Is Carson the Political Outsider to Change Politics? (Probably Not)
Ben Carson, best known for his fame as a neurosurgeon and his medical career with Johns Hopkins, is running for president. While he may have been hesitant to commit to a political party in the past, he’s clearly cemented himself as a Republican candidate for the 2016 election. Diverging from other presidential candidates, he made his candidacy known in his home town of Detroit: “I’m Ben Carson, and I’m a candidate for president of the United States.”
He kicked off the announcement with Detroit nostalgia, some GOP talking points about welfare and the deficit, and a somewhat off-color joke about spousal abuse, in the context of “most of the time I beat her [at pool], but I should be careful because there some media in here and their headline will be ‘Carson admits he beats his wife.’ ” Nothing funnier than a joke criticizing the media at the expense of sensitivity. But Carson doesn’t aspire to be politically correct, as he made clear in his talk. “I’m probably never going to be politically correct because I’m not a politician,” said Carson. “I don’t want to be a politician. Because politicians do what is politically expedient — I want to do what’s right.”
Carson is hardly the first to take advantage of his distance from Washington’s entrenched political candidates. Being seen as a Washington outsider is a strength these days, given the political strife and frustration rampant in the Capitol. However there is a difference between being an outsider and being a complete stranger to politics. How can a candidate who has little to no political experience expect to be prepared to lead the nation’s government and make decisions of a political nature? His answer to this is twofold. Firstly, God.
Religion has been his justification for some questionable comments in the past, an example of some of that political incorrectness he referenced. He spoke against same-sex marriage, grouping homosexuality with bestiality and pedophilia — something he later apologized for. Of course, Carson isn’t the first politician to make religion a significant part of his message. Mike Huckabee comes to mind as a major religious mover and shaker, with a large portion of his constituents made up of evangelical voters. However, Huckabee was also the governor of Arkansas, and has been in politics for years.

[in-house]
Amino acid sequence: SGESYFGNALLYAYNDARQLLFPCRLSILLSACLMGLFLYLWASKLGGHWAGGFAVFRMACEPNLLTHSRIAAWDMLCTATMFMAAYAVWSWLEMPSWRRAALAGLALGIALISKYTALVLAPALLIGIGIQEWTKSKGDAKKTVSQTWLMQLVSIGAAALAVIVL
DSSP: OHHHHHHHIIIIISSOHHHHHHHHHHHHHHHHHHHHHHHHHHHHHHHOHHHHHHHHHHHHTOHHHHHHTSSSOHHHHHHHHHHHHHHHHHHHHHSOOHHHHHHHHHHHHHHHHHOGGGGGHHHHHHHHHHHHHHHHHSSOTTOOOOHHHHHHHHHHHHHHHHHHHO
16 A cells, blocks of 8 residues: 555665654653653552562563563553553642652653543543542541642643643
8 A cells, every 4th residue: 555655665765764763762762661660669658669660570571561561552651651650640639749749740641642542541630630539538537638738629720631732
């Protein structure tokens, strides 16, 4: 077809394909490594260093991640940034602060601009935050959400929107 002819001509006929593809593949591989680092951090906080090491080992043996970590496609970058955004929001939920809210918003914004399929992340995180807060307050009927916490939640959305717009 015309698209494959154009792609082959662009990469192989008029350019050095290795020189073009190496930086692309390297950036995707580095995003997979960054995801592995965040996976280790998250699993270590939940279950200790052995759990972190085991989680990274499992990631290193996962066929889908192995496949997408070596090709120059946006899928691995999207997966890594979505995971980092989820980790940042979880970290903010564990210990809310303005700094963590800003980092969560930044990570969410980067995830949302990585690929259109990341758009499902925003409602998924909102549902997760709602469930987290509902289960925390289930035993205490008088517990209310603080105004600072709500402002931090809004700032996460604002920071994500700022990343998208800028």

Carson’s other argument in defense of his lack of time on the political playing field is that he would delegate, and that a general knowledge of how to utilize information well would serve him in that role. “There is no question that I haven’t spent a lot of time in government. That doesn’t mean that you can’t make sure that you have people around you who have spent that time. I think the thing that is actually more important is wisdom and understanding and knowing how to use facts,” said Carson, per The Christian Post.
The fact of the matter is that delegation is an important part of being president, as is relying on strong advisers and working with others in a team. But having honed and well-practiced political instincts is also important. And no matter what anyone says, teamwork isn’t the same wherever you practice it, and information comes in all forms. Being intelligent is important, as is knowing how to understand information, but that doesn’t mean reading a situation and predicting an outcome, or working alongside other politicians, will be something Carson is prepared to do.
Carson’s announcement began with a outline of his early days growing up in the city and his family’s impoverished background. He spoke about his mom — who is currently in ill health and has put a brief pause on his trip to Iowa — who worked hard as a single mother, taking on two or three jobs to support her songs. The story, while touching, segued into a critique of the socialist welfare system, emphasis on small government, and encouraging “people to rise up and take the government back.”
Perhaps most surprising was Carson’s commentary on the importance of freedom of the press, and how he feels it has gone astray. He spoke of the founding fathers and how they imagined the press as being a power on the side of citizens, hence the need to protect it with the law. He made a direct plea to the media present at his speech, saying, “You guys have an almost sacred position in a true democracy, please don’t abuse it.”
Media has its fair share of problems in today’s age. There is no end to the commentary that could be made here regarding how the press has aged and is being shaped in our modern era, but one thing is fairly clear: Objective coverage is still important. And it’s still available. Where it’s not available, we need to be direct and hold nothing back in pointing this out and correcting it.
The fact of the matter is that there will also always be commentary that is partisan, and that’s part of keeping politicians in check — politicians on both sides. Just because The New York Times publishes an op-ed about a politician doesn’t mean there isn’t a straight-shooting account from the Associated Press on what events transpired in neutral language. Sometimes a right-leaning reporter takes a liberal candidate to task for poor judgement, and sometimes a liberal journalist writes a scathing critique of another politician.
This is part of the freedom of speech offered by media — just as it is easy to get an objective report of Carson’s announcement by simply watching it here or reading the transcript. But part of having free press is accepting that it’s important for writers to have the ability to critique politicians, like, say, for example, Carson himself.